Shoreline Armoring in an inland sea: Science-based recommendations for policy implementation

A 2016 article in the journal Conservation Letters makes policy recommendations to address shoreline armoring in the Salish Sea.

Former feeder bluff with sediment impounded by armoring. Photo by Hugh Shipman.
Former feeder bluff with sediment impounded by armoring. Photo by Hugh Shipman.


Shoreline armoring can impact a variety of ecosystem functions, goods and services provided by beaches. Shoreline managers struggle to balance genuine need for armoring to protect infrastructure versus unacceptable losses of ecosystem functions––whether these be in beaches, sand dunes, or marshes. We use our recent research effort in the Salish Sea, Washington, as a case study to illustrate how highlighting the negative consequences of shoreline armoring to publicly important ecosystem functions may help to strengthen implementation of policy and prioritize restoration actions. We focus on two distinct mechanisms of armoring impact that link strongly to key beach functions, and recommend: (1) where armoring is clearly necessary, place or move it as high on the beach as possible. Armoring emplaced relatively low on the shore is more likely to affect a variety of ecosystem functions from forage fish spawning to beach recreation; (2) prioritize protection or restoration (armor removal) of feeder bluffs that are critical for sediment supply to the beach; this sediment is essential to the maintenance of beach functions. In addition, we recommend that nature-based alternatives to armoring be given preferential regulatory consideration and that outreach efforts clarify the advantages of these engineering methods.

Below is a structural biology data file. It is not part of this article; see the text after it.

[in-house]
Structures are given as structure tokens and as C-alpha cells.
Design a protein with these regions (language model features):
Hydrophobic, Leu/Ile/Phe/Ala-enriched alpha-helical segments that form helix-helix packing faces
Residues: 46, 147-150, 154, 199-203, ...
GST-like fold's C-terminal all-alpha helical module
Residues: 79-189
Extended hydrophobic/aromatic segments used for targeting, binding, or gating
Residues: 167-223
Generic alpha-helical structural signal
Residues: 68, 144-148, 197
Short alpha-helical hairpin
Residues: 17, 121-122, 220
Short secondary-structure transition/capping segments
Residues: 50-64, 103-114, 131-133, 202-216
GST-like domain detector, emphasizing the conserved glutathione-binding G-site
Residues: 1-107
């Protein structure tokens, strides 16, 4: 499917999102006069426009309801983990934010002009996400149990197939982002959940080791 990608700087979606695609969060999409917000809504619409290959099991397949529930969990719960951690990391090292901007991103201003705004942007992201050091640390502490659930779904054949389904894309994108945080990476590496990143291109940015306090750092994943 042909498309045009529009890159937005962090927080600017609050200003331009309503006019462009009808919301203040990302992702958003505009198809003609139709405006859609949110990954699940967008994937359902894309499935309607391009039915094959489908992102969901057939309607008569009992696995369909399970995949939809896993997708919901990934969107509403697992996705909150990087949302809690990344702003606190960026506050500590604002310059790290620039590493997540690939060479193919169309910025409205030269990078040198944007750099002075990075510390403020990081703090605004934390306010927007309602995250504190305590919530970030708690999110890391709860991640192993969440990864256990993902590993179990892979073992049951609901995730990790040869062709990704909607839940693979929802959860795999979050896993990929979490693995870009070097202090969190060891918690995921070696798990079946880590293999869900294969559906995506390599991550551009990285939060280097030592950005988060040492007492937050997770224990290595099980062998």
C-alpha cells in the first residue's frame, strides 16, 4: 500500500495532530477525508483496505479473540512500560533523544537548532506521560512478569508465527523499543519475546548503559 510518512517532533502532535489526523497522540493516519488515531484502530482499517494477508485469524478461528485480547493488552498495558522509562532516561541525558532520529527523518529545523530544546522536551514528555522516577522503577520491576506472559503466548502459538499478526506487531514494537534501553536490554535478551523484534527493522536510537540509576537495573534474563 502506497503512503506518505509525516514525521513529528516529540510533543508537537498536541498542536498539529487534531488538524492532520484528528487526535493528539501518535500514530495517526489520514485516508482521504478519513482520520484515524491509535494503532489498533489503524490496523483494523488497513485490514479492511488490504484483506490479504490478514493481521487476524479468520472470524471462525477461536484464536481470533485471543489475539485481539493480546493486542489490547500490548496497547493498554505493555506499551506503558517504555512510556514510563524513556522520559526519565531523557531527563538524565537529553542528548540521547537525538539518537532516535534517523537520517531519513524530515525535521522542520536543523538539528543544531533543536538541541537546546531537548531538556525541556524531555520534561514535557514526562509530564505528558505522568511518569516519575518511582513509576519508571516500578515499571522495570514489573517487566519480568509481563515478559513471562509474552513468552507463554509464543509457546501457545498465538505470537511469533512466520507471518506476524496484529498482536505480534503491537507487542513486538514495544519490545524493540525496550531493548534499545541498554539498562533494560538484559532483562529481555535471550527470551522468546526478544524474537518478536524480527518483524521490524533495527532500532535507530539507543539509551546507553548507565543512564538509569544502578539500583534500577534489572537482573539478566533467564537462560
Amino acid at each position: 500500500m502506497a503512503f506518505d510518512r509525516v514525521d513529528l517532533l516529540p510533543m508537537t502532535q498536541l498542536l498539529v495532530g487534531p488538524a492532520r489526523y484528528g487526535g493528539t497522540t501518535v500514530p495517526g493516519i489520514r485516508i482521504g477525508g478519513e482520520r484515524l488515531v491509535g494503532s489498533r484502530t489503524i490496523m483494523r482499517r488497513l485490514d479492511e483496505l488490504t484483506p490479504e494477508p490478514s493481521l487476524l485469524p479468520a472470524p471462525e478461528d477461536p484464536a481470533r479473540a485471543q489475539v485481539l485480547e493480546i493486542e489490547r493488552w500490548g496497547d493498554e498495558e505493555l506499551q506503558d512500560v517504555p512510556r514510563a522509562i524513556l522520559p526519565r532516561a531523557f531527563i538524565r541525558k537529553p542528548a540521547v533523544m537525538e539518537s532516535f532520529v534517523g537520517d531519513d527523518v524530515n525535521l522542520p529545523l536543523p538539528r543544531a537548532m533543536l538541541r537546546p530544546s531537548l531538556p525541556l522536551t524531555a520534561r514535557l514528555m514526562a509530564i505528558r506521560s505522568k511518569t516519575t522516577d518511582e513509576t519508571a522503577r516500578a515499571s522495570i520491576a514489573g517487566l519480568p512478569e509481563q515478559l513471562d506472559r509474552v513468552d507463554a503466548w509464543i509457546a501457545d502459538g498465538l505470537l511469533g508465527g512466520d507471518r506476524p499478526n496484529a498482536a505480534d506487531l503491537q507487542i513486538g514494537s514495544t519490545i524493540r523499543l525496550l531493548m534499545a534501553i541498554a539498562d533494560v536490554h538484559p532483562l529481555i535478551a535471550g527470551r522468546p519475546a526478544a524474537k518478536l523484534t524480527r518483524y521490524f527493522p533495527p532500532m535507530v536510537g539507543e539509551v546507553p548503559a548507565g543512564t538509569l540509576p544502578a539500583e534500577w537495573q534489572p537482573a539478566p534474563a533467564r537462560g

Download the full article (open access)


Dethier, M. N., Toft, J. D. and Shipman, H. (2016), Shoreline Armoring in an Inland Sea: Science-Based Recommendations for Policy Implementation. CONSERVATION LETTERS. doi:10.1111/conl.12323

About the Author: 
Megan Dethier: Friday Harbor Laboratories and Biology Department, University of Washington, Friday Harbor, WA, USA; Jason D. Toft: School of Aquatic and Fishery Sciences, University of Washington, Seattle, WA, USA; Hugh Shipman: Washington State Department of Ecology, Olympia, WA, USA.